More tax for IT Time for a reality check

Written by fe Bureau | Updated: Jan 31 2011, 06:11am hrs
An industry which always manages to surprise its customers with new innovations and its shareholders with sustained growth and profitability in spite of all the odds is used to

getting its share of surprises as well. During the last year, we have seen visa fee hikes in the US followed by the ban on outsourcing in one of the American states and a move by the British Government to mandate compensation increases for knowledge workers in the UK. The Indian government too has been reluctant to extend the tax benefits prevalent under Section 10A /10B and the Software Technology Parks of India scheme which had done so much to promote entrepreneurship and the widespread growth of the IT sector and its rise to global dominance. And the new year has started with the proverbial bang with a Rs 400 crore tax demand on one of the major companies for export of staffing services!

It is unfortunate that after 20 years of success, many people have not fully understood the contours of the industry and the composition of the projects we deliver. A typical large engagement consists of multiple phases each involving different types of expertise and varying nature of work. A case in point is a major migration project our team at Zensar did for one of the worlds biggest gaming companies to move a mainframe based global order management application to an open source environment. The requirement analysis was conducted in various offices and stocking centres of the company around the globe with a team of over a dozen consultants with both domain and technology skills, the design was done by a crack offshore team and the construction and testing done through a joint application team of client personnel, on site and offshore technology and coding experts. The final implementation went back to the original analysis team and the final cutover to the new system was accomplished on the same day on a worldwide basis.

What does one call a project like thisconsultancy, software or staffing The reality, which is the case with most large projects executed by the industry today, is that it is a combination of all three and it is literally impossible to segregate the staffing component from the project work as it is to separate the onsite work from the offshore engagement. To expect firms to deal with each of these separately would be to question the very fundamentals of a business model that has served the industry and country well and enabled a $50 billion export business creating over two million jobs to flourish. Every project this industry undertakes for prestigious overseas clients, whether executed largely on-site or off-shore adds transformational value and enhances the respect global firms have for the capability of India, the industry and every associate who works on the project and it is imperative that the Indian eco-system recognises this value addition and helps the industry to continue and enhance its services and deliver value to customers, employees and shareholders.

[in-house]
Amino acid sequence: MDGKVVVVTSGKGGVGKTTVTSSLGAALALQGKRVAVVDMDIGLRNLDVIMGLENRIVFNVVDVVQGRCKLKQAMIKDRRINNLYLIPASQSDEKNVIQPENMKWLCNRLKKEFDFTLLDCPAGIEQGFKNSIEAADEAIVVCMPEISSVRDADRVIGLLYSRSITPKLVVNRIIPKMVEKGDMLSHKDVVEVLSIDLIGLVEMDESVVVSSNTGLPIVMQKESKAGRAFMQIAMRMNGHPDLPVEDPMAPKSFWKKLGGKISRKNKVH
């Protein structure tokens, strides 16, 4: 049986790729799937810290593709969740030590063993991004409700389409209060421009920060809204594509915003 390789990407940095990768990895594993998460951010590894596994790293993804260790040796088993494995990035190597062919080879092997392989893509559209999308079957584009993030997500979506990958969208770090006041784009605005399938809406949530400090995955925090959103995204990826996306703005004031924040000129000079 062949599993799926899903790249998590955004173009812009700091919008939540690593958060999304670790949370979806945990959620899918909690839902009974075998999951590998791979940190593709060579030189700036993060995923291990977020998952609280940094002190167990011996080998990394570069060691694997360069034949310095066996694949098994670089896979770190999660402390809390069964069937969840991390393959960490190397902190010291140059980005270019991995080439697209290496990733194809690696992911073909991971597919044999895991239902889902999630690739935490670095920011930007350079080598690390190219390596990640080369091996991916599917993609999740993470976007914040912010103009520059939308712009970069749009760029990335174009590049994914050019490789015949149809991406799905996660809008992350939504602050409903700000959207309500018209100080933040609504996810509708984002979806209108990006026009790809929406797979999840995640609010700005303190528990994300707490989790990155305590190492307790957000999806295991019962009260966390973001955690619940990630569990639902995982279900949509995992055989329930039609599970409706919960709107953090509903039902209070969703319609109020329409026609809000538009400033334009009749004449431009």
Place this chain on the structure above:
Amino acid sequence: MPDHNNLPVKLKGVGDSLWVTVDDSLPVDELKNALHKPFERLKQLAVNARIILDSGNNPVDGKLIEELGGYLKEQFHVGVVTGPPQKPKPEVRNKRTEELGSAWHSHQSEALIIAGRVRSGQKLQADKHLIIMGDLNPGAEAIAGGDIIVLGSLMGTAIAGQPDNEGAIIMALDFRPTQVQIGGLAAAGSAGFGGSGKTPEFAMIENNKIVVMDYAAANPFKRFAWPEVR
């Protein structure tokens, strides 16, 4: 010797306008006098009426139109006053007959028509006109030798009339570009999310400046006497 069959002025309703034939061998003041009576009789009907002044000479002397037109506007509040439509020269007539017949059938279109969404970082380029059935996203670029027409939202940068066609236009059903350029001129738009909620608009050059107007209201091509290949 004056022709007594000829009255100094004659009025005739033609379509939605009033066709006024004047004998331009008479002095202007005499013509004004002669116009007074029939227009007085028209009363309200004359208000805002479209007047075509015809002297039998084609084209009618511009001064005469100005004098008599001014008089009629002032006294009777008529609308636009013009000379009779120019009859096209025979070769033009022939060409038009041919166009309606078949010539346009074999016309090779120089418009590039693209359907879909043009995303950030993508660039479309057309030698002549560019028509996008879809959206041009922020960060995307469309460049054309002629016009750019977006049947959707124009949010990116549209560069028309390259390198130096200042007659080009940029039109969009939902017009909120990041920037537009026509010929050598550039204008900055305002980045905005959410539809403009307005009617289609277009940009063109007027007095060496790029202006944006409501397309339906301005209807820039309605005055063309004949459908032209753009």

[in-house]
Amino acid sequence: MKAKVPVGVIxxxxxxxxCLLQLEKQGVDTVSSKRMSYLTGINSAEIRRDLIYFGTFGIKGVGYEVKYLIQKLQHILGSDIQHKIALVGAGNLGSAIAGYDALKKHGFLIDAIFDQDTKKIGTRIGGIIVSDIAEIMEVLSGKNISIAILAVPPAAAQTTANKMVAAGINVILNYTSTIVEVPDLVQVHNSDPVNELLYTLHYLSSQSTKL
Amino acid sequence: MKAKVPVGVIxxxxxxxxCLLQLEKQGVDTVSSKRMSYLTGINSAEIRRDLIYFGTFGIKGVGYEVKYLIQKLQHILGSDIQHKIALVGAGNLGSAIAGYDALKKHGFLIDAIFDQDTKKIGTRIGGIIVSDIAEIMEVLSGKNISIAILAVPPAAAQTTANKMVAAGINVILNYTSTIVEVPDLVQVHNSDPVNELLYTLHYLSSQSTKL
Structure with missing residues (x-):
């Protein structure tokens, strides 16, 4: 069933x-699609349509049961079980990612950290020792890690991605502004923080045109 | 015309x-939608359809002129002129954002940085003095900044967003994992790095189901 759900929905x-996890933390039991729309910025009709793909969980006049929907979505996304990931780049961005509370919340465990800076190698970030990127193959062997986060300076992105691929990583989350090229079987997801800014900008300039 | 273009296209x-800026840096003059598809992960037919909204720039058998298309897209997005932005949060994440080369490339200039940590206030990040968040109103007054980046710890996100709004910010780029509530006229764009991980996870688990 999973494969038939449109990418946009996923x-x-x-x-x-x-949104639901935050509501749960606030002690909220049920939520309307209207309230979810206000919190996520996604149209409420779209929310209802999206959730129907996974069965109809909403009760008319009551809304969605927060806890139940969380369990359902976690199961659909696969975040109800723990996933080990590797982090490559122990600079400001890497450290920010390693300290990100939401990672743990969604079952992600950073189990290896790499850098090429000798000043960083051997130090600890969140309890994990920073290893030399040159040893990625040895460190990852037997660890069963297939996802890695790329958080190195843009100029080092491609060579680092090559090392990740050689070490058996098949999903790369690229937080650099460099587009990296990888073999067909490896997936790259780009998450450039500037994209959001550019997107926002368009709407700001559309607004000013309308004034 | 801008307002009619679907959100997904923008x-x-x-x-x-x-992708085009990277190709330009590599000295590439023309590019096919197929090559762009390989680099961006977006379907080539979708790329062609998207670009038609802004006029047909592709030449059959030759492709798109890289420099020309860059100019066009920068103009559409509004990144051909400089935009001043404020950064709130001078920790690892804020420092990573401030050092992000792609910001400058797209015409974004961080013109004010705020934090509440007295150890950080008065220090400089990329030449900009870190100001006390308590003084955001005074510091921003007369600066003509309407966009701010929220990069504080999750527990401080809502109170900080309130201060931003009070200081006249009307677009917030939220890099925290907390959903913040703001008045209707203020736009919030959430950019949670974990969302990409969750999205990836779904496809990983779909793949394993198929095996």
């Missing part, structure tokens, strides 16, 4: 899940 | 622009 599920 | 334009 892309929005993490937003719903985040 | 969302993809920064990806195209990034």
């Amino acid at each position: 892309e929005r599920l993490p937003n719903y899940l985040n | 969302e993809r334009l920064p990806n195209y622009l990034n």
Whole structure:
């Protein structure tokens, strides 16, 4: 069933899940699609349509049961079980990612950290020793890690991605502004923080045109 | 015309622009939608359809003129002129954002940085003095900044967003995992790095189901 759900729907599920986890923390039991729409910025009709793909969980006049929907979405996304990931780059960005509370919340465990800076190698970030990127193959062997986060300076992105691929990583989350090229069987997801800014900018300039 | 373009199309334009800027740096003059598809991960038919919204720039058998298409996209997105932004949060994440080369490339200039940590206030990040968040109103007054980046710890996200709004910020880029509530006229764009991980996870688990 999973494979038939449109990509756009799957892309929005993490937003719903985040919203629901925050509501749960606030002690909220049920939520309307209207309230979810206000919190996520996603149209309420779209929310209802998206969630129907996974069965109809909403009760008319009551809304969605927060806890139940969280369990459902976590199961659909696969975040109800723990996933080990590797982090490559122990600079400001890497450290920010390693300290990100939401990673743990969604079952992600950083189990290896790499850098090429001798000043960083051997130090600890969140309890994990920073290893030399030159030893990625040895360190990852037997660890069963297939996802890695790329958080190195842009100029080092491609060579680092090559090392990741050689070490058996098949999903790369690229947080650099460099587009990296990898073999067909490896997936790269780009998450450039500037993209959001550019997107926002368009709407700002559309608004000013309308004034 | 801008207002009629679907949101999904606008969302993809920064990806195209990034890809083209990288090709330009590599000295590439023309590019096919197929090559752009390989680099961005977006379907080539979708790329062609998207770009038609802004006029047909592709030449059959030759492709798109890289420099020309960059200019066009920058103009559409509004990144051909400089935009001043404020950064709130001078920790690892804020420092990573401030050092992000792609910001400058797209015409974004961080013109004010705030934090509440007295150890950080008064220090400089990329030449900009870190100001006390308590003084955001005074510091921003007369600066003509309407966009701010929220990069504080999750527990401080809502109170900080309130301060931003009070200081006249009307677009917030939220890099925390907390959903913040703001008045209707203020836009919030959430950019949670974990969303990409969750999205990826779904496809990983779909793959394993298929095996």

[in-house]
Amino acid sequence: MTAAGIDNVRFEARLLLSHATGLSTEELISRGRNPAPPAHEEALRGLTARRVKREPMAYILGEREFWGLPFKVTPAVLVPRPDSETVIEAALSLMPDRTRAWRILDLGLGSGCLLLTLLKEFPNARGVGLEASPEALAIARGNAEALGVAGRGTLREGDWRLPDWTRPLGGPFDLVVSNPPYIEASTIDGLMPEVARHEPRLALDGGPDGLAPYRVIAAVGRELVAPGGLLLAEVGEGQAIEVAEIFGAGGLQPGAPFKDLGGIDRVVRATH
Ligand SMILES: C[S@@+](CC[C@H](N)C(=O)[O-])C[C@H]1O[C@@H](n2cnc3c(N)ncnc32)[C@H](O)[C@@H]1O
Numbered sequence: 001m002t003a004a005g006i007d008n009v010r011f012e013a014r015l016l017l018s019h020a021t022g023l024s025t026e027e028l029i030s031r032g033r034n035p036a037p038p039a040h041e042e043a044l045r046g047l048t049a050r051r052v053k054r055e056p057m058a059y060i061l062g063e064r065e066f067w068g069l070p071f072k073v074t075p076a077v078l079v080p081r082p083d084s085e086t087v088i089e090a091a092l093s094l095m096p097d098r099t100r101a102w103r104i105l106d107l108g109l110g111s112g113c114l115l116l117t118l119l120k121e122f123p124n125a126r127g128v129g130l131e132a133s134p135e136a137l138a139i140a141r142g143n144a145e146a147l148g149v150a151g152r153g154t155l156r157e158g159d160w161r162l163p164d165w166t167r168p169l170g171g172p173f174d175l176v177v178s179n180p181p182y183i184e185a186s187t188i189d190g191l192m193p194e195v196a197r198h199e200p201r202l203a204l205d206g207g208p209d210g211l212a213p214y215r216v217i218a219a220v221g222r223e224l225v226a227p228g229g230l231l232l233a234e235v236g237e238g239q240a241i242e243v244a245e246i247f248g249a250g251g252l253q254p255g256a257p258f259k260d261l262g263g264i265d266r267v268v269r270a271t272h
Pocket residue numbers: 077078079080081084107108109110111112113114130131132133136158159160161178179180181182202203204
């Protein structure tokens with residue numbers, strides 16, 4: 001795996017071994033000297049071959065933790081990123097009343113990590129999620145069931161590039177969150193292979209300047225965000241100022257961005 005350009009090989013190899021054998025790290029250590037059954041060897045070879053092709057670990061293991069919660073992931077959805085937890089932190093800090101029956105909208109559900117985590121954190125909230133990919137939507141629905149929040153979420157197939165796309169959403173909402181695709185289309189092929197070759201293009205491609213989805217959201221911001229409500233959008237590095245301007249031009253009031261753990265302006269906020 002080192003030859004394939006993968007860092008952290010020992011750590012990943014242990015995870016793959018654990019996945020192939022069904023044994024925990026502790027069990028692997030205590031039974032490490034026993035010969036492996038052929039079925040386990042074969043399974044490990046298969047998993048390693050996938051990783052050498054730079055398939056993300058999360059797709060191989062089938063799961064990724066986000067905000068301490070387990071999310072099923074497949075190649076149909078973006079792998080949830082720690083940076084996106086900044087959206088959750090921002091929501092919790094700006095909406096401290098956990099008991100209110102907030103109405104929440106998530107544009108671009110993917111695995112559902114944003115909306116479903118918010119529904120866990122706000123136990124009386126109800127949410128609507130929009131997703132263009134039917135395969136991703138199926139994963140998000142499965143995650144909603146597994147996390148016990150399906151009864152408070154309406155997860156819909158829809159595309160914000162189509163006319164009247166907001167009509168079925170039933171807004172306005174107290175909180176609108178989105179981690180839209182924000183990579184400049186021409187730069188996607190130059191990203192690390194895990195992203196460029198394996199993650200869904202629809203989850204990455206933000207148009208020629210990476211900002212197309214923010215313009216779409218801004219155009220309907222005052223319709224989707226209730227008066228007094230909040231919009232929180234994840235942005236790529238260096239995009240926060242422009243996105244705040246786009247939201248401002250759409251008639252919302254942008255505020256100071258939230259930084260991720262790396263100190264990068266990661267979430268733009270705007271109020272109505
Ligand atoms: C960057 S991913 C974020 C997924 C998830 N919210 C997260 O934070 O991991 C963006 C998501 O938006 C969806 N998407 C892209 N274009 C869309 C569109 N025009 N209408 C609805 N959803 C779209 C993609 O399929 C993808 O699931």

For the interested reader to understand the industry a little deeper, let us look at the transformation that has been achieved in the first decade of this century and the goals we have set for the next 10 years. The industry was less than $10 billion in exports at the turn of the millennium with the offshore model having taken root and in the last 10 years, the exports revenues have been multiplied five times with the focus on innovations in products, processes and global delivery models. In the next decade we expect the industry to grow at least four-fold to cross $200 billion by 2020 and in this journey, the industry will not only add significant value through the creation and deployment of intellectual property in its projects around the world, but also add significant value to other sectors like education, healthcare and government where the impact of contemporary technology enables fundamental changes in service quality and equitable access and affects the well being of large segments of the population. We also expect that the experience of many Indian firms in working on leading edge solutions for discerning customers worldwide can be customised and deployed in the Indian context and add tremendous value to all Indians.

What many of us as early pioneers and current leaders in the industry expect is an enabling eco-systemadequate private equity and venture capital to support entrepreneurs as well as growing companies, partnership with academic institutions and skill building firms to hone the talent of bright young students who enter the industry and of course local and Central government. The government has a major role to play, to provide the physical, digital and social infrastructure for the industry to deepen and widen the reach across the country and enabling tax and incentive structures to ensure that this industry continues to change the global perception of our country and lead the charge for India to become a true knowledge superpower in the years to come!

The writer is vice-chairman & MD of Zensar Technologies and is a Chairman of CIIs National Committee on IT and ITES